By: Ray Paulick
Efforts by the California Horse Racing Board to begin third-party administration of the anti-bleeder medication furosemide (Salix, formerly Lasix) – initiated in 2012 – suffered another setback last week when the state of California’s Office of Administrative Law disapproved an amendment to sections 1433 and 1845 of Title 4 the California Code of Regulations because the regulations “failed to comply with the ‘clarity’ standard of government code” and the CHRB “failed to follow all required procedures” under the California Administrative Procedure Act.
The amendment was proposed to bring California in line with the national recommendation of the Racing Medication and Testing Consortium and model rules of the Association of Racing Commissioners International.
In addition to requiring that third-party veterinarians administer the drug, the rule would make furosemide the only permitted race-day treatment for exercise-induced pulmonary hemorrhage in California.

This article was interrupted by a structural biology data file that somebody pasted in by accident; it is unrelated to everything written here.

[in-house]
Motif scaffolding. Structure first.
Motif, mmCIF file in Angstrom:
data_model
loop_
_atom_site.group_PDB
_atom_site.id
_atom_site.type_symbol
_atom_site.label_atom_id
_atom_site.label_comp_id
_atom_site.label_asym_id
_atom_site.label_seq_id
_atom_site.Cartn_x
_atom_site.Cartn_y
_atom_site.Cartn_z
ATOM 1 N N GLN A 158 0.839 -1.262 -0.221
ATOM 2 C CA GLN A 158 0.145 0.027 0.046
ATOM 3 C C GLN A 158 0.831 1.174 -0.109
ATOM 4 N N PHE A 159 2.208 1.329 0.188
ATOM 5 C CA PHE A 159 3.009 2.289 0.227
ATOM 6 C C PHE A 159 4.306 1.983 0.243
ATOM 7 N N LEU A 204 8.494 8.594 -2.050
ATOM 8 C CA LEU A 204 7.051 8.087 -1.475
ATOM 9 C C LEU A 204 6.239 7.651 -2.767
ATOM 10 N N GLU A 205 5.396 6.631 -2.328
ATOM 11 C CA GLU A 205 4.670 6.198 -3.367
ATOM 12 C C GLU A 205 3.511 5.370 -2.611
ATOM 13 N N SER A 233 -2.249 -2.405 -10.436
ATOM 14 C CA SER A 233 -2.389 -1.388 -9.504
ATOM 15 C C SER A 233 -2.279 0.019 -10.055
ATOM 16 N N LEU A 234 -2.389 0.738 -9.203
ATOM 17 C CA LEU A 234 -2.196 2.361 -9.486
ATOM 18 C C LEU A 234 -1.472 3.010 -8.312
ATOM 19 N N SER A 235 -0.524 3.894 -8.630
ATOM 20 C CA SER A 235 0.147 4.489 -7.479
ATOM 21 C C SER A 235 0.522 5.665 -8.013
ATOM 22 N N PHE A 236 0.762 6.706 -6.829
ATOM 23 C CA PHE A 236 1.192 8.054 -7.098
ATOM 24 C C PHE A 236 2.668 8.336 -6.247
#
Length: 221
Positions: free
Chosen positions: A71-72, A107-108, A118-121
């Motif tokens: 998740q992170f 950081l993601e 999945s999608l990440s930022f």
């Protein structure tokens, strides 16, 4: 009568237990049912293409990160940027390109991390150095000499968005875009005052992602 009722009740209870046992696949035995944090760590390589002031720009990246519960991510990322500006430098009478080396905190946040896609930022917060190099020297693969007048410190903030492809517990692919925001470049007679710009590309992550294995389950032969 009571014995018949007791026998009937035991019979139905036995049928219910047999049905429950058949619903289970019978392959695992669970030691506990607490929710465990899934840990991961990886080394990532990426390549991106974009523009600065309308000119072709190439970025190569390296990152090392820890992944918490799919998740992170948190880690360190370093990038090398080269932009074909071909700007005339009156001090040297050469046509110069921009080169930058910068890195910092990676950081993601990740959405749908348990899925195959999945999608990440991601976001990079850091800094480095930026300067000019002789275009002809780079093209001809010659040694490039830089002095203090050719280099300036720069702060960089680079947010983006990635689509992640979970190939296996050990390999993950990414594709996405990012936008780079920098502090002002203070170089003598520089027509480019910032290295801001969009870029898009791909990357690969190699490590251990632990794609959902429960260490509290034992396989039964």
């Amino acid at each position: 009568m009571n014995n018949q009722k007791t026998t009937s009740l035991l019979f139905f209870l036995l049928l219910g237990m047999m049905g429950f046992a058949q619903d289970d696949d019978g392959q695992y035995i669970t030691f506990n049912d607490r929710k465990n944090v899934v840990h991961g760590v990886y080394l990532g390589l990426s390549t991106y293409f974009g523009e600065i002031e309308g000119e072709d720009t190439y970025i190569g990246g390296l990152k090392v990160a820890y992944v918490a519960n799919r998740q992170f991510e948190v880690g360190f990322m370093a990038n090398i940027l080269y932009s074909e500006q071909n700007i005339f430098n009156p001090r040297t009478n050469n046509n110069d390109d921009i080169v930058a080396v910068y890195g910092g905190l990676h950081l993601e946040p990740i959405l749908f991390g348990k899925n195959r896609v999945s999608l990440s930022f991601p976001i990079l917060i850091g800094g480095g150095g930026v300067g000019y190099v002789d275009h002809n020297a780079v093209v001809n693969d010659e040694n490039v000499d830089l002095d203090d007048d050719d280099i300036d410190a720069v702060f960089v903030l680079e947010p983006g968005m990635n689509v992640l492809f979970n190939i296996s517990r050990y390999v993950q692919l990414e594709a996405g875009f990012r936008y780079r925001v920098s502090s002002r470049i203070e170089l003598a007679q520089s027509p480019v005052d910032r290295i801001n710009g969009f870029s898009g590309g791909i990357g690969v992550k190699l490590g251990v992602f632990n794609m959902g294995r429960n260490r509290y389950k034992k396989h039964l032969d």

CHRB communications officer Mike Marten says the CHRB now must revise the language to address the various issues raised by the Office of Administrative Law (OAL), send the revised regulation out for a 15-day public comment, schedule it for a subsequent board meeting for adoption as amended, send it back to the OAL with responses to any new issues raised during the 15-day public comment period, then wait 30 days for OAL approval.
The process to approve third-party furosemide began in January 2012 at a CHRB Medication and Track Safety Committee meeting. The rule has been opposed by a number of racetrack veterinarians.
If there are no further delays, the third-party furosemide program could begin as soon as July 2017, Marten said.